The average Internet user is quite similar to the average in-home shopper, at least what comes to socio-economic group: both are well educated, have a high income and occupational position. Moreover, the average Internet user is a male aged 20-40 years, which is a very active group at in-home shopping.

In-home shopping has a number of benefits to the customer: it is convenient, it offers product assortment and uniqueness, a geographically larger shopping area, and often a better price too. All these benefits apply also to Internet shopping. The major disadvantage of in-home shopping, namely risk - due to inability to see the product and make comparisons, and to delivery delays - applies to Internet shopping too.

In an empirical WWW survey, the following factors were found to increase the likelihood to shop on the Internet: previous activity in in-home shopping, computer or Internet related work, Internet experience, active Internet use, and product uniqueness. Risk due to inability to inspect the product, payment method and slowness of buying were found to decrease the likelihood to shop.

The conclusion of the study is that Internet shopping is a new method of non-store shopping.


7. References


Appendix A: Questionnaire

The purpose of this survey is to find out

  1. what kind of people Internet shoppers are
  2. what people think of Internet shopping
  3. if there is a relationship between Internet shopping and conventional in-home shopping

Your opinion is equally important have you either done Internet shopping or not.

1. How long have you used the Internet?

Less than 3 months
3-12 months
1-2 years
More than 2 years

2. How often do you use the Internet?

Less than once a week
Once or twice a week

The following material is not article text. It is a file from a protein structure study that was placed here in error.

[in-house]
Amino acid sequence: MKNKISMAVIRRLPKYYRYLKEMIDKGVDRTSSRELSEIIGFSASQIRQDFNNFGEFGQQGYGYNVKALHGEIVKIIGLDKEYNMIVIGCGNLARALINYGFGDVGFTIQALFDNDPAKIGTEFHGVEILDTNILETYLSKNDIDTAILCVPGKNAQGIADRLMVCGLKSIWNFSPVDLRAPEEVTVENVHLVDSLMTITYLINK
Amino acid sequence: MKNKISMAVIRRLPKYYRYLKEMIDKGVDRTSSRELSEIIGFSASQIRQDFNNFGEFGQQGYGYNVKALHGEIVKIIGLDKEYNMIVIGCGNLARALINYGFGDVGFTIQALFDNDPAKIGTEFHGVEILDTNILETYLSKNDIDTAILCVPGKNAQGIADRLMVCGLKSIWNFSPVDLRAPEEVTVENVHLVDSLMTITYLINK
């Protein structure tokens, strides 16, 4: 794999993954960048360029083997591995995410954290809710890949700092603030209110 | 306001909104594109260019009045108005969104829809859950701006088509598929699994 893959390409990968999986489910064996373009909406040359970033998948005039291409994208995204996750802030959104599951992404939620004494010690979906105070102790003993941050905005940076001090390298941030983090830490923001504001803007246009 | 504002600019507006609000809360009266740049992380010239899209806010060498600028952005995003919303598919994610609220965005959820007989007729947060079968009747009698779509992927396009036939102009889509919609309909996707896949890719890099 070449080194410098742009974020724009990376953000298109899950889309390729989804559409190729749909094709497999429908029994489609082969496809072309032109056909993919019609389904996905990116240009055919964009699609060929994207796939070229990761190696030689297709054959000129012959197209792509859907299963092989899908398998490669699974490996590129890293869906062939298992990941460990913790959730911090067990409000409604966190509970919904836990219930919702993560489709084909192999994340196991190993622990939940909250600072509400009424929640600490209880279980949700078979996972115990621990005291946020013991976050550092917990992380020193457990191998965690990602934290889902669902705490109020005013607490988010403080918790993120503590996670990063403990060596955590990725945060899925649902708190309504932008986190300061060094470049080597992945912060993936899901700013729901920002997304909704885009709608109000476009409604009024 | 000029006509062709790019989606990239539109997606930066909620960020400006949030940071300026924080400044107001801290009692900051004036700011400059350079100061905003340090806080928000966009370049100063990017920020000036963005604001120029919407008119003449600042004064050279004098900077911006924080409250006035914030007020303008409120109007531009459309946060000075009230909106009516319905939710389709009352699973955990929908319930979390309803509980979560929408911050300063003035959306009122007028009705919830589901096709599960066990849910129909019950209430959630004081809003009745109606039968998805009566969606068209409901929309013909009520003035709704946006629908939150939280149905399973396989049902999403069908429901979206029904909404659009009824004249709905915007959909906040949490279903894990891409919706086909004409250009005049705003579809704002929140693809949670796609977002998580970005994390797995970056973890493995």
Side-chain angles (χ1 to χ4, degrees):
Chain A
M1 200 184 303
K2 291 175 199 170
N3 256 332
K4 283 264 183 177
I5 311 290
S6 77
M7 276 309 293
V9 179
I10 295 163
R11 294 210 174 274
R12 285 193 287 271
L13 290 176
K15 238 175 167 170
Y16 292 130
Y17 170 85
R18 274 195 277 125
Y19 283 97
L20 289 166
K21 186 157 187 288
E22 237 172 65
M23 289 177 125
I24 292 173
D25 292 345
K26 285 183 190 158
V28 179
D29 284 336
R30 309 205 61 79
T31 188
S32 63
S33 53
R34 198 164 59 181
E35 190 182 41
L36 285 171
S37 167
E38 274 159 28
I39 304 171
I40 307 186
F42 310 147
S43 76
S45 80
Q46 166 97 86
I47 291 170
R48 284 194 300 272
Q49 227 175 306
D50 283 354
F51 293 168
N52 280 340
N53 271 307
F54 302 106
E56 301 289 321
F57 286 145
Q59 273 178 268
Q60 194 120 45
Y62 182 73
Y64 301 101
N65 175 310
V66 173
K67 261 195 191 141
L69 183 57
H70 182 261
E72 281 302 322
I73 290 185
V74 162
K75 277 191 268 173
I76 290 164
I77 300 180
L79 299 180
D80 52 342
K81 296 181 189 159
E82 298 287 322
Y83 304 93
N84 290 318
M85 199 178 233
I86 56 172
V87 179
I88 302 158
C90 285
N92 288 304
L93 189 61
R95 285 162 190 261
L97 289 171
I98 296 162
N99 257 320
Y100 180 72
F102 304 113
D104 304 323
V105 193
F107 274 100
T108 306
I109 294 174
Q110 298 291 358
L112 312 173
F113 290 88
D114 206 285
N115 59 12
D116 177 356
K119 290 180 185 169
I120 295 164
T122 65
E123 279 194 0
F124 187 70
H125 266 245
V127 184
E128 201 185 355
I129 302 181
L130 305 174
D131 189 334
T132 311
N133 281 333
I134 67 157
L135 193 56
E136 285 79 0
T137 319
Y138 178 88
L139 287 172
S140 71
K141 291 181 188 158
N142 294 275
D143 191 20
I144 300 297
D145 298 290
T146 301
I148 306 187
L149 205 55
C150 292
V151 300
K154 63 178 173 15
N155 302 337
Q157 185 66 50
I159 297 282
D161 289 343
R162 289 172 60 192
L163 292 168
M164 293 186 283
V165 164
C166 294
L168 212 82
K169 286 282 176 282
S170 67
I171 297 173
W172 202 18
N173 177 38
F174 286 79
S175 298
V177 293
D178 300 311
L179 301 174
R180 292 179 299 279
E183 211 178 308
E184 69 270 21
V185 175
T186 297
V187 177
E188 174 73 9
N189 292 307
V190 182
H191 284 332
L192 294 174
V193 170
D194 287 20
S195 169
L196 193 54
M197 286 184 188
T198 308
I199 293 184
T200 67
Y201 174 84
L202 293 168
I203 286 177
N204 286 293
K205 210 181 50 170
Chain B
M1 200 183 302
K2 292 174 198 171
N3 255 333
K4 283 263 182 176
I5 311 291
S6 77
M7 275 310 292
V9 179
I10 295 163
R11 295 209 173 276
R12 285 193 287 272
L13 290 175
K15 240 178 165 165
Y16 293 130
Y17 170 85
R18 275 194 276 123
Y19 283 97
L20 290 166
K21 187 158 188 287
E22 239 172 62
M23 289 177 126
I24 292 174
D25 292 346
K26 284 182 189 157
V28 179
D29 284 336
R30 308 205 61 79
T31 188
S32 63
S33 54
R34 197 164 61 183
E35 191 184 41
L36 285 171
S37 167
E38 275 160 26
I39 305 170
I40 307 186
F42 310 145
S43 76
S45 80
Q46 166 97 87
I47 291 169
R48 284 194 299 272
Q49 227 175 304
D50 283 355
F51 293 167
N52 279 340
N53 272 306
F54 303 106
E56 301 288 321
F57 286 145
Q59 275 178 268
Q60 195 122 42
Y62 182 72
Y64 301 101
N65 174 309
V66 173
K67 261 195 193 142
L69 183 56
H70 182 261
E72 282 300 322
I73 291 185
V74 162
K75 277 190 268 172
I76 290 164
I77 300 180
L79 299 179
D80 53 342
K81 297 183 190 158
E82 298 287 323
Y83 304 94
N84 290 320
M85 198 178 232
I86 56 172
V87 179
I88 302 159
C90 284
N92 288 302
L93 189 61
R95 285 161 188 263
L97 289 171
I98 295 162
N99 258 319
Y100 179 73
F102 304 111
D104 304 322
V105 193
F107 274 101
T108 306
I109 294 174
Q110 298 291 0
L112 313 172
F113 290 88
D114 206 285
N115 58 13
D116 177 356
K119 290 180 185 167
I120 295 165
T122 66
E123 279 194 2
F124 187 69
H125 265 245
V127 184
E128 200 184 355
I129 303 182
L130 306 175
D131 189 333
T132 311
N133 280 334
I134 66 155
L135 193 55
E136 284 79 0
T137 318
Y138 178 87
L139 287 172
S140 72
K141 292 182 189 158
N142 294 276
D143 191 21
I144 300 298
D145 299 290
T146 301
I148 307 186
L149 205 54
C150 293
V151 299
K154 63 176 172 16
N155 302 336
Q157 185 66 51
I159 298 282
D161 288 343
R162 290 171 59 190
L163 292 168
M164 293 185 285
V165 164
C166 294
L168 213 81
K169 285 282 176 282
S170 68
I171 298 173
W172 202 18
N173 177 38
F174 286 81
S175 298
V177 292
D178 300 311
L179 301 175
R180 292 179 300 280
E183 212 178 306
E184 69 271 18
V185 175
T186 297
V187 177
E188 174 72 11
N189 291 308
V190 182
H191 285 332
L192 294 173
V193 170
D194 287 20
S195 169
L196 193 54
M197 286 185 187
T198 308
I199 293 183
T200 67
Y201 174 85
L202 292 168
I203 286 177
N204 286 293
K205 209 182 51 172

Several times a week
Every day

3. How long is your typical Internet session?

Less than 15 minutes
15-60 minutes
1-2 hours
More than 2 hours
I'm on-line all day

** Conventional in-home shopping

4. During the last 3 months, have you placed any conventional mail, phone or fax order for home use?

Yes/No/Don't know

** Shopping on the Internet

5. Have you ever ordered or bought something on the Internet?

Answer Yes if you either

A. ordered something by email, WWW or another Internet means, or

B. saw something on the Internet and ordered it by phone, fax or regular mail, without attending to a store

6. During the last 3 months, have you ordered something on the Internet for home use?

Yes/No/Don't know

7. During the last 3 months, have you ordered something on the Internet for work use?

Yes/No/Don't know

8. Do you agree with the following statements about Internet shopping?

Scale:

1=disagree completely
2=disagree somewhat
3=neutral
4=agree somewhat
5=agree completely

9. Do you work in the computer branch?

Yes/No

10. Do you work with the Internet?

Yes/No

11. Your age:

12. Your sex: Female/Male


Appendix B: Limitations of WWW surveys

WWW Surveys are limited. The following text is from GVU (1995).

Basically, the survey suffers two problems: sampling and self-selection.
1. Essentially, when people decide to participate in a survey, they select themselves. This decision may reflect some systematic selecting principle (or judgment) that effects the collected data.
2. The other issue is sampling. There are essentially two types of sampling: random and non-probabilistic. Random selection is intended to ensure equal representation among populations. To accomplish this, steps need to be taken to get respondents in a random manner, e.g., drawing numbers out of a hat. This survey uses non-probabilistic sampling, which does not use randomization techniques to get respondents. This reduces the ability of the gathered data to generalize to the entire user population.

There are other limitations too. GVU (1996) found that over 1/4 of the respondents replied that they have at least once provided false demographic information when registering with Web sites. Males were more likely to provide false information, as well as younger versus older people, both of which were intensely present in the WWW survey of this study.

This suggests that information collected on WWW pages should be interpreted conservatively. Efforts must be taken to explain the purpose of the survey to the respondent, and to tell how the information will be used.


(c) Copyright 1996 Tuomas Salste
Permission is granted to quote or cite this article if the author is notified by email.


Aivosto's VBShop